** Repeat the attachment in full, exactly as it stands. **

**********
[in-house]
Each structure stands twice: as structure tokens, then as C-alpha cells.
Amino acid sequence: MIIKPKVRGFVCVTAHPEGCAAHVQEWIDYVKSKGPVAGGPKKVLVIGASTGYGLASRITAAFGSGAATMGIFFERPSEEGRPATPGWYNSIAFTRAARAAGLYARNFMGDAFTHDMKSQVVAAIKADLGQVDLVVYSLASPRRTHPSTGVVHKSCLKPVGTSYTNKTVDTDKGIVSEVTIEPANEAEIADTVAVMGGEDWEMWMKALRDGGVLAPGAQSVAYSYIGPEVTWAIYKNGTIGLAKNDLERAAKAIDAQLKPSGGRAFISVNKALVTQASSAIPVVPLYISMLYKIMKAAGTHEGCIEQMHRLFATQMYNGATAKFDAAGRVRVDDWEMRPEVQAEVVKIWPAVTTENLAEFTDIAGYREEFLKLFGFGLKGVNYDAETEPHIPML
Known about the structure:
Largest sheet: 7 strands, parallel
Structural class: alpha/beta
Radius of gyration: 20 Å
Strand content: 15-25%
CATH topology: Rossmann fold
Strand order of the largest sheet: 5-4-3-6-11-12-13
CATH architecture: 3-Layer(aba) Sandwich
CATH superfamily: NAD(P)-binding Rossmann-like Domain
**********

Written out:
[in-house]
Each structure stands twice: as structure tokens, then as C-alpha cells.
Amino acid sequence: MIIKPKVRGFVCVTAHPEGCAAHVQEWIDYVKSKGPVAGGPKKVLVIGASTGYGLASRITAAFGSGAATMGIFFERPSEEGRPATPGWYNSIAFTRAARAAGLYARNFMGDAFTHDMKSQVVAAIKADLGQVDLVVYSLASPRRTHPSTGVVHKSCLKPVGTSYTNKTVDTDKGIVSEVTIEPANEAEIADTVAVMGGEDWEMWMKALRDGGVLAPGAQSVAYSYIGPEVTWAIYKNGTIGLAKNDLERAAKAIDAQLKPSGGRAFISVNKALVTQASSAIPVVPLYISMLYKIMKAAGTHEGCIEQMHRLFATQMYNGATAKFDAAGRVRVDDWEMRPEVQAEVVKIWPAVTTENLAEFTDIAGYREEFLKLFGFGLKGVNYDAETEPHIPML
Known about the structure:
Largest sheet: 7 strands, parallel
Structural class: alpha/beta
Radius of gyration: 20 Å
Strand content: 15-25%
CATH topology: Rossmann fold
Strand order of the largest sheet: 5-4-3-6-11-12-13
CATH architecture: 3-Layer(aba) Sandwich
CATH superfamily: NAD(P)-binding Rossmann-like Domain